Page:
“It’s great to have my life back,” Gooden says. “I just go out and enjoy myself. Life is good again!”
Located in the left ventricle (chamber) of the heart, the aortic valve controls the flow of oxygenated blood from the heart into the aorta, the large artery leading from the heart and branching off to other parts of the body, explains interventional cardiologist Salman Allana, MD. Over time, the aortic valve can become calcified, leading to a condition called aortic stenosis, which is a narrowing in the valve opening. This narrowing reduces the amount of blood that can flow into the aorta.
Age, high blood pressure, high cholesterol, smoking, a birth defect in the valve, rheumatic fever or family history may all contribute to aortic stenosis.
Symptoms include shortness of breath, fatigue, difficulty walking short distances, lightheadedness, swollen ankles and rapid heartbeat. In some people, however, there may be no outward symptoms.
Aortic stenosis affects millions of Americans, with estimates that the condition may affect up to 12.4 percent of people over age 75. Without treatment, average survival is two to five years—worse than the survival times associated with many types of advanced cancer. If you have any of these symptoms, see your doctor.
Hybrid Operating Room Enhances Safety for TAVR and Other Heart and Vascular Patients
Transcatheter aortic valve replacement, or TAVR, is one of the many procedures performed in the new hybrid operating room (OR) at Sentara RMH Medical Center. This state-of-the-art facility is called a hybrid OR because it combines the capabilities of a traditional OR with the advanced imaging features of a cardiac catheterization lab.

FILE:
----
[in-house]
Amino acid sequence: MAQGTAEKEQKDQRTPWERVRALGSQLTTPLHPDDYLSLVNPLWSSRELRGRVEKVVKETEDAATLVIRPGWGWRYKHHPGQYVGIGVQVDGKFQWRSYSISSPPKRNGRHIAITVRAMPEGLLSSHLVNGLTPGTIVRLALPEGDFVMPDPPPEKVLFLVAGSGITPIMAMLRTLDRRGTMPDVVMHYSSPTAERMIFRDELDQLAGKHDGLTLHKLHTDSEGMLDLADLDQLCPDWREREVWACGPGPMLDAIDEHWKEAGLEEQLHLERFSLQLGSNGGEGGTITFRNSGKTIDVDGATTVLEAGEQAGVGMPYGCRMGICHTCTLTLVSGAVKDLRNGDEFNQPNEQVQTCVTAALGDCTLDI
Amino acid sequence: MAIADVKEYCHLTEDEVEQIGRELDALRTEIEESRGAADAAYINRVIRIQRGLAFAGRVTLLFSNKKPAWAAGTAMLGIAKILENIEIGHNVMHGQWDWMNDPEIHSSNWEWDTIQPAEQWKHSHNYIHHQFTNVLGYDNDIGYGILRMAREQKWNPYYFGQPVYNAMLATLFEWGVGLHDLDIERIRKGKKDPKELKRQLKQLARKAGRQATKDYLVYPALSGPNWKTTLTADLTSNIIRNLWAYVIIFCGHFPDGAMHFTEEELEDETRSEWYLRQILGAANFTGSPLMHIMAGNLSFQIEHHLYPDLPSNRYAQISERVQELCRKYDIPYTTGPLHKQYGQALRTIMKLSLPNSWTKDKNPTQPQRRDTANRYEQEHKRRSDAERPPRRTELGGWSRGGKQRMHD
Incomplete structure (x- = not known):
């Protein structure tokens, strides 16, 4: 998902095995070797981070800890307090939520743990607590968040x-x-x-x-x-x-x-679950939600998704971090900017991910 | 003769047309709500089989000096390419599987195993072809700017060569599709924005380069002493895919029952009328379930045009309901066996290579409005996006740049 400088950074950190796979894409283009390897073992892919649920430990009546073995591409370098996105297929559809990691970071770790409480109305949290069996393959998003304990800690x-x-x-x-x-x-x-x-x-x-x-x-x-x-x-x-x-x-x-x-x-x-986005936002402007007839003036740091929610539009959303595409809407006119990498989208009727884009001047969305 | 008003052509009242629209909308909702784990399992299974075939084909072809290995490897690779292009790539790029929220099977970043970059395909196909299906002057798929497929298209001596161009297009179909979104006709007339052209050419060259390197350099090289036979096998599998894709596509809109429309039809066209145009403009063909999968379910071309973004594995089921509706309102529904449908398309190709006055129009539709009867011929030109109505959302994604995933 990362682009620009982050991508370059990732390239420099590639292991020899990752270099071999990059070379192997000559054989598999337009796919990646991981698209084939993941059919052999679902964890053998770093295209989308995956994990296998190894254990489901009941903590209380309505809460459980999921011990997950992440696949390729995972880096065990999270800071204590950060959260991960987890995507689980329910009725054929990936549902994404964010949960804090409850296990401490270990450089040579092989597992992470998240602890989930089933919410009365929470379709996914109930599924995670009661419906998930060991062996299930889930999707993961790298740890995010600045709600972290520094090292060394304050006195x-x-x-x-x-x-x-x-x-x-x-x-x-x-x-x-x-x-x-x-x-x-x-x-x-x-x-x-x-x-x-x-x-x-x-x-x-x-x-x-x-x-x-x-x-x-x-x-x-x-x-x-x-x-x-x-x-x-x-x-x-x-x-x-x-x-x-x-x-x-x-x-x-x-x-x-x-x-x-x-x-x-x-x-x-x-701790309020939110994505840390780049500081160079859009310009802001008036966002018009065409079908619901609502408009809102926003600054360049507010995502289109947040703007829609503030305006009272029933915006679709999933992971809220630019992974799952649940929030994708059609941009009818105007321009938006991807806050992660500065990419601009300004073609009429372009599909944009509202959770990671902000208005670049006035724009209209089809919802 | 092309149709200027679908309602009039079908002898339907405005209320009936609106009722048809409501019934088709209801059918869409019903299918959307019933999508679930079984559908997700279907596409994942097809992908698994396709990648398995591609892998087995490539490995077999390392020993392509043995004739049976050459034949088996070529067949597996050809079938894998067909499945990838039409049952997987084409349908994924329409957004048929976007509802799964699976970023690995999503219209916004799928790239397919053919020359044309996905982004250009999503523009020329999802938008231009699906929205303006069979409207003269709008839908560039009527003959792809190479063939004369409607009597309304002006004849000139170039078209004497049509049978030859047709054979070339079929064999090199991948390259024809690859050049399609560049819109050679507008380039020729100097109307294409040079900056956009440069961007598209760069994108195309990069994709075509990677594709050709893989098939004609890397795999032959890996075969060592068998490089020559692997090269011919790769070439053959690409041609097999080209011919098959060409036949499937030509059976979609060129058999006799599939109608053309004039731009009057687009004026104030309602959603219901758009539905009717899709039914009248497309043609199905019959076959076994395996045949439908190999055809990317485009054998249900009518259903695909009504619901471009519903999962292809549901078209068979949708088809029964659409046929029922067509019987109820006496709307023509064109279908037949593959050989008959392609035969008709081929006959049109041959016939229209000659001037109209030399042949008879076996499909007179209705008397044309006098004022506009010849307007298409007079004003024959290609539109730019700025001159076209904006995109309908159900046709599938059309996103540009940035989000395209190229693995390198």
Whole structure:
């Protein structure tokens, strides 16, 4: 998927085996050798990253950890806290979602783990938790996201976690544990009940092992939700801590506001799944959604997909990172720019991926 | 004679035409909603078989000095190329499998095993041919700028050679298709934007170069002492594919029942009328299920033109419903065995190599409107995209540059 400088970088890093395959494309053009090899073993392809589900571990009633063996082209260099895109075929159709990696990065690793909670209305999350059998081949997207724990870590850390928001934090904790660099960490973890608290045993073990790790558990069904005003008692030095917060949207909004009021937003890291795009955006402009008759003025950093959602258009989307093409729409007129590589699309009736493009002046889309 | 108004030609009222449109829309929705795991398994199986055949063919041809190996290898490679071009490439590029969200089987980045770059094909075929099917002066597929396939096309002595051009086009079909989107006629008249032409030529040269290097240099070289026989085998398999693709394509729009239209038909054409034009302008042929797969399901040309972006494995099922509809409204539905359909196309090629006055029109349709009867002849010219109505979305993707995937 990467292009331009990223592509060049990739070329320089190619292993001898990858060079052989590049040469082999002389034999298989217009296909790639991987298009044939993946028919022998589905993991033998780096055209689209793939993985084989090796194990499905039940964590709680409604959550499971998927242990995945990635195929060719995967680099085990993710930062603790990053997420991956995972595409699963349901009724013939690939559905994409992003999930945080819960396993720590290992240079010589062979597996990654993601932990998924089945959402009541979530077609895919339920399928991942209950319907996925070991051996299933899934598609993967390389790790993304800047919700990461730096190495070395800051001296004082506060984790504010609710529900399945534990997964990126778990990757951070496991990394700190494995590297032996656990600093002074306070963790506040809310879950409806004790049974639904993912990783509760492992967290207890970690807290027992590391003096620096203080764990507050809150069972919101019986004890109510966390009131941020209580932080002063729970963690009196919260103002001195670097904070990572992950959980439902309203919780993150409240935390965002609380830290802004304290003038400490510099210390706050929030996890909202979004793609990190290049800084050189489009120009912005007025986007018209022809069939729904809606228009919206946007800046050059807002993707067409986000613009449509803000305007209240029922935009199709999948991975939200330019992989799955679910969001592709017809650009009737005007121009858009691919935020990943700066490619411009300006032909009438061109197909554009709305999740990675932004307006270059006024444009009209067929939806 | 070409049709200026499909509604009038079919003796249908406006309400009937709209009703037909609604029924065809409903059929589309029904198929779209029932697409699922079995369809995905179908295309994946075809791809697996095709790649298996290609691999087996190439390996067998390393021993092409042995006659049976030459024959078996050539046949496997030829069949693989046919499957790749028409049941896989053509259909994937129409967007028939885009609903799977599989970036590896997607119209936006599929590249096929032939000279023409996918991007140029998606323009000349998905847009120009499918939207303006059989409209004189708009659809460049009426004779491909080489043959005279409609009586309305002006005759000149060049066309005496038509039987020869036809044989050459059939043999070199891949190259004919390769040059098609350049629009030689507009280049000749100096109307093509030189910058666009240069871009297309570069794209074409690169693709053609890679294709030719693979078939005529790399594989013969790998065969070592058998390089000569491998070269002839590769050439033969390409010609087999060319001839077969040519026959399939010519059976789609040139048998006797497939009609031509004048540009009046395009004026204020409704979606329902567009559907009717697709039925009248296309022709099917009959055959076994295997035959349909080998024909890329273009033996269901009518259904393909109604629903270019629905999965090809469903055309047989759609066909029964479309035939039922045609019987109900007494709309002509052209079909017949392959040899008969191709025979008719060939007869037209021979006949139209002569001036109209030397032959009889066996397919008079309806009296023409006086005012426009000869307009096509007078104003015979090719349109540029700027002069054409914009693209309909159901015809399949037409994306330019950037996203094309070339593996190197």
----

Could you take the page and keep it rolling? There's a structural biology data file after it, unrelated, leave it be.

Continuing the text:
The hybrid OR allows cardiothoracic surgeons to transition seamlessly from a minimally invasive heart surgery like TAVR to an open-heart surgery, when needed, without having to move the patient to another OR. Vascular surgeons use the hybrid OR to treat aortic aneurysm and other complex endovascular (inside the blood vessel) procedures.
Constructed in late 2016 at a cost of $4.5 million, the hybrid OR was built on the roof of a one-story extension of the hospital. Sentara Healthcare provided $4 million of the cost, and the RMH Foundation contributed $500,000 out of donations from the local community.
“The hybrid OR is yet another example of how generous charitable support makes it possible for our community to have access to top-flight medical care,” says Cory Davies, RMH Foundation executive director. “Donors indeed bring new levels of care through their generous giving.”